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Trichomoniasis - Symptoms & Treatment

Trichomoniasis is a protozoal infection of the lower genitourinary tract. It affects about 20% of sexually active women and 10% of sexually active men. The infection usually involves only the vagina or urethra.

The disease occurs worldwide. In women, the condition may be acute or chronic. The prognosis is good, especially if both sexual partners receive treatment concurrently; otherwise, the disease may recur. Symptoms may subside even if the disease isn't treated, although Tichomonas vaginalis infection persists, possibly resulting in abnormal cytologic cervical smears.


Trichomoniasis is caused by the parasite Trichomonas vaginalis , which is transmitted principally through direct sexual contact. It also can be spread during mutual masturbation and by sharing sex toys.

Trichomoniasis usually is transmitted by intercourse; less often, it is transmitted by contaminated douche equipment and moist washcloths. An infected mother may transmit the infection to her newborn child through vaginal delivery.

Signs and symptoms

Most men with trichomoniasis do not have signs or symptoms; however, some men may temporarily have an irritation inside the penis, mild discharge, or slight burning after urination or ejaculation.

Some women have signs or symptoms of infection which include a frothy, yellow-green vaginal discharge with a strong odor. The infection also may cause discomfort during intercourse and urination, as well as irritation and itching of the female genital area. In rare cases, lower abdominal pain can occur. Symptoms usually appear in women within 5 to 28 days of exposure.

Diagnostic tests 

Culturing a sample of discharge is the most reliable method of diagnosis. A swab is passed through a man's urethra or a woman's vagina to collect a sample. It takes 10 days to obtain results.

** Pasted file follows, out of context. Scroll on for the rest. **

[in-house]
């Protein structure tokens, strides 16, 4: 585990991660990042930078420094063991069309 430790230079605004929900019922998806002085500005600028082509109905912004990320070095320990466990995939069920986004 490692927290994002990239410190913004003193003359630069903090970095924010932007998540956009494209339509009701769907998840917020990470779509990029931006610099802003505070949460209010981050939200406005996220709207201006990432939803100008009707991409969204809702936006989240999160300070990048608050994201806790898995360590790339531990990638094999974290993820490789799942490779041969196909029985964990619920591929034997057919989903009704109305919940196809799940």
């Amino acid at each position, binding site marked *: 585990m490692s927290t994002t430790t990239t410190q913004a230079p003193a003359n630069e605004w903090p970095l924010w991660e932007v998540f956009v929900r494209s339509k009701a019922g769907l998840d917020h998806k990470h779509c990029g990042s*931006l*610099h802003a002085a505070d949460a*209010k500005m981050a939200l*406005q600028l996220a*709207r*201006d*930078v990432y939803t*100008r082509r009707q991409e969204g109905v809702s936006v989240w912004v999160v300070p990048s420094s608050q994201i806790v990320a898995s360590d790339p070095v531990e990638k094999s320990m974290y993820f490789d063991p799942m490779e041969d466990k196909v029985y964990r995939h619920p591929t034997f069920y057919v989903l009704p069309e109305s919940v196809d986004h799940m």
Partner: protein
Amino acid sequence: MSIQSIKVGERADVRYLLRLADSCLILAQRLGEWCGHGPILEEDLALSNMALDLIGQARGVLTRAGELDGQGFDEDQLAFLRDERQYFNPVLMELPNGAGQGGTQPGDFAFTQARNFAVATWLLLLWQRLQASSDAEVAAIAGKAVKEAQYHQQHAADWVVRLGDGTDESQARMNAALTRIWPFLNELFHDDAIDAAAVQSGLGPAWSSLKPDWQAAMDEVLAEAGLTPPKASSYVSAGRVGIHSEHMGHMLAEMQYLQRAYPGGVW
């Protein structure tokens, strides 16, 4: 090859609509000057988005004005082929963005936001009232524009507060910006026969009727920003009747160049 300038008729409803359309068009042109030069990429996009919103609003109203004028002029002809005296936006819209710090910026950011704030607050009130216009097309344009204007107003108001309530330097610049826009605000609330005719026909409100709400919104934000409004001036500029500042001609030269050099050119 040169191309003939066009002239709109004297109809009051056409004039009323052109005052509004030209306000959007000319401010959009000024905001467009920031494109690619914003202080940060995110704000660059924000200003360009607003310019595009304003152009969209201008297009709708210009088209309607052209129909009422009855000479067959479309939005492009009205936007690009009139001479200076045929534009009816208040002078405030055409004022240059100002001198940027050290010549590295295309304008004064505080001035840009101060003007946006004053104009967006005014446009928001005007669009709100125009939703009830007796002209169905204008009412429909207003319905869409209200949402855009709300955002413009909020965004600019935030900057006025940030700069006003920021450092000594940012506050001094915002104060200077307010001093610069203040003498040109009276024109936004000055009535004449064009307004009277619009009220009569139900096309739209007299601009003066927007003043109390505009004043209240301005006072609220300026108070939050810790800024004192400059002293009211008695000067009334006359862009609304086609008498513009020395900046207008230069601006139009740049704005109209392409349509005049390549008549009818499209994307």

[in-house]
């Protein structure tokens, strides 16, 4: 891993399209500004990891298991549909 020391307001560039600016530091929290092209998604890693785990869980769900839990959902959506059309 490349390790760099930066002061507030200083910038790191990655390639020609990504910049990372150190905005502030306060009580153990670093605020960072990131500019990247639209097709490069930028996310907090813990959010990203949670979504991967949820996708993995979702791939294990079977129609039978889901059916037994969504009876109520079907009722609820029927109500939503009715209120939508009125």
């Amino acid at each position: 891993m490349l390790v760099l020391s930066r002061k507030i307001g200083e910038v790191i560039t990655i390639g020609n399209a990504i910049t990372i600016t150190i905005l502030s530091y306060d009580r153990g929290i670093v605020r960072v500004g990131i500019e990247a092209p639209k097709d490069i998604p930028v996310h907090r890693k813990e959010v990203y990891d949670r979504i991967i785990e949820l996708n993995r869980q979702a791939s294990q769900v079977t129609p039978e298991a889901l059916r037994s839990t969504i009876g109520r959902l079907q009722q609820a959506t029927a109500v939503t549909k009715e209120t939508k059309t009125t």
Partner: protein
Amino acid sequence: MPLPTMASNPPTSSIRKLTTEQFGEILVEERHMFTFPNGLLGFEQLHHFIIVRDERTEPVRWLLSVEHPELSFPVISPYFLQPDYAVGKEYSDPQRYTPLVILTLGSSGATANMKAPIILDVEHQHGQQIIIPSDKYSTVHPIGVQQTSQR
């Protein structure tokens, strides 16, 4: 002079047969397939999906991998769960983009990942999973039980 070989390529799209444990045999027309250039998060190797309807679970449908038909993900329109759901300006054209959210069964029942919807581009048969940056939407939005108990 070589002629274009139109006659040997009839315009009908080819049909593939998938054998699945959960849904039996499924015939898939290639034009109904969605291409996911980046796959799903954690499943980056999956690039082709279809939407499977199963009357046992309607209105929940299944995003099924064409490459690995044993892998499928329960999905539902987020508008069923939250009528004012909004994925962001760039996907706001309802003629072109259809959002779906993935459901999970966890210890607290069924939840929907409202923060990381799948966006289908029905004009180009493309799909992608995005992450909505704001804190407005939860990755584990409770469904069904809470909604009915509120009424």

In women, a microscopic examination of vaginal fluid, Pap smear, and urinalysis are performed. The cervix is examined for hemorrhaging. Because trichomoniasis often occurs with other STDs, patients are screened for chlamydia, gonorrhea, syphilis, and HIV.


Oral metronidazole given simultaneously to both sexual partners effectively cures trichomoniasis. The recommended dosage is 250 mg of oral metronidazole given three times a day for 7 days or one 2-g oral dose.

Oral metronidazole hasn't been proven safe during the first trimester of pregnancy. A pregnant patient in the first trimester may insert a clotrimazole vaginal tablet at bedtime for 7 days for symptomatic relief. Sitz baths may help relieve symptoms.


Trichomoniasis is present in the sexually active population of all ages. A monogamous sexual relationship with a known healthy partner can help reduce the risk of this and all other sexually-transmitted diseases.

Barring total abstinence, condoms remain the best and most reliable protection against this and other sexually-transmitted diseases. Condoms must be used consistently and correctly. See safer sex behaviors.

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